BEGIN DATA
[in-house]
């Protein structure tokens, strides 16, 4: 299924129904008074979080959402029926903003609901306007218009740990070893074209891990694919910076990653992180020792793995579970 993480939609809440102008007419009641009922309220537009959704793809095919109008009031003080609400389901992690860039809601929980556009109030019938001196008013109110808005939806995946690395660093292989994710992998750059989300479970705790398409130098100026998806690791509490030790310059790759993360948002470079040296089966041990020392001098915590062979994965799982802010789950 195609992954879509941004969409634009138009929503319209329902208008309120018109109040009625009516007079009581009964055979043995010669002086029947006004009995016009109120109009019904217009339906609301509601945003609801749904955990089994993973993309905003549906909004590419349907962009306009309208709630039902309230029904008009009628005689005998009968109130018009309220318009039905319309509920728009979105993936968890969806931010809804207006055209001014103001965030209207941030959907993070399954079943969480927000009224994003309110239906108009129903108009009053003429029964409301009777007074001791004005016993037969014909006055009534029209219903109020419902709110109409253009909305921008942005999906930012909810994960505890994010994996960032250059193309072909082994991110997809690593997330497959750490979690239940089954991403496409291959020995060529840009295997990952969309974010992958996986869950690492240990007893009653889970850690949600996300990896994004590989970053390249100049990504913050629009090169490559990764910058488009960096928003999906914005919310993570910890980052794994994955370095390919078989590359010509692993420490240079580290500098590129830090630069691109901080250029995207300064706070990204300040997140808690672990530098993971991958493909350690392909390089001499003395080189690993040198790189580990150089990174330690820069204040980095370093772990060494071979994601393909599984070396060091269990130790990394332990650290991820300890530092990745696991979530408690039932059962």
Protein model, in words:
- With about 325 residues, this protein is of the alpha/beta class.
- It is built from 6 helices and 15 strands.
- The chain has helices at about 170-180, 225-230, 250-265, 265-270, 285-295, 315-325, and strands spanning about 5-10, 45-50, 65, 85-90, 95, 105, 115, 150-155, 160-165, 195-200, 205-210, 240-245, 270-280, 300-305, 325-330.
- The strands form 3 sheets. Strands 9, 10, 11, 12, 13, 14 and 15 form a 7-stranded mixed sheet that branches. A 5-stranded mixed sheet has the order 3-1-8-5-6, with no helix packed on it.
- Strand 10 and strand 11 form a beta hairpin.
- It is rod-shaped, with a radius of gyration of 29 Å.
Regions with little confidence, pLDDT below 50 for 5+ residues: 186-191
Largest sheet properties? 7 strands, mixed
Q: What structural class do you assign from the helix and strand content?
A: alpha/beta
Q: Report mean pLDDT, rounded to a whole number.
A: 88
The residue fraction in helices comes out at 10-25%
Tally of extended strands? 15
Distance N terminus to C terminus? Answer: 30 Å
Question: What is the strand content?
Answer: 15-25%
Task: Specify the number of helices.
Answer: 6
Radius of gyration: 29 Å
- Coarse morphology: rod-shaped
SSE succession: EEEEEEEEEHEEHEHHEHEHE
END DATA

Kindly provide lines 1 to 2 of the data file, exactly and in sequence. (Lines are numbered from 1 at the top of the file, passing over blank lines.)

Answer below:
[in-house]
């Protein structure tokens, strides 16, 4: 299924129904008074979080959402029926903003609901306007218009740990070893074209891990694919910076990653992180020792793995579970 993480939609809440102008007419009641009922309220537009959704793809095919109008009031003080609400389901992690860039809601929980556009109030019938001196008013109110808005939806995946690395660093292989994710992998750059989300479970705790398409130098100026998806690791509490030790310059790759993360948002470079040296089966041990020392001098915590062979994965799982802010789950 195609992954879509941004969409634009138009929503319209329902208008309120018109109040009625009516007079009581009964055979043995010669002086029947006004009995016009109120109009019904217009339906609301509601945003609801749904955990089994993973993309905003549906909004590419349907962009306009309208709630039902309230029904008009009628005689005998009968109130018009309220318009039905319309509920728009979105993936968890969806931010809804207006055209001014103001965030209207941030959907993070399954079943969480927000009224994003309110239906108009129903108009009053003429029964409301009777007074001791004005016993037969014909006055009534029209219903109020419902709110109409253009909305921008942005999906930012909810994960505890994010994996960032250059193309072909082994991110997809690593997330497959750490979690239940089954991403496409291959020995060529840009295997990952969309974010992958996986869950690492240990007893009653889970850690949600996300990896994004590989970053390249100049990504913050629009090169490559990764910058488009960096928003999906914005919310993570910890980052794994994955370095390919078989590359010509692993420490240079580290500098590129830090630069691109901080250029995207300064706070990204300040997140808690672990530098993971991958493909350690392909390089001499003395080189690993040198790189580990150089990174330690820069204040980095370093772990060494071979994601393909599984070396060091269990130790990394332990650290991820300890530092990745696991979530408690039932059962």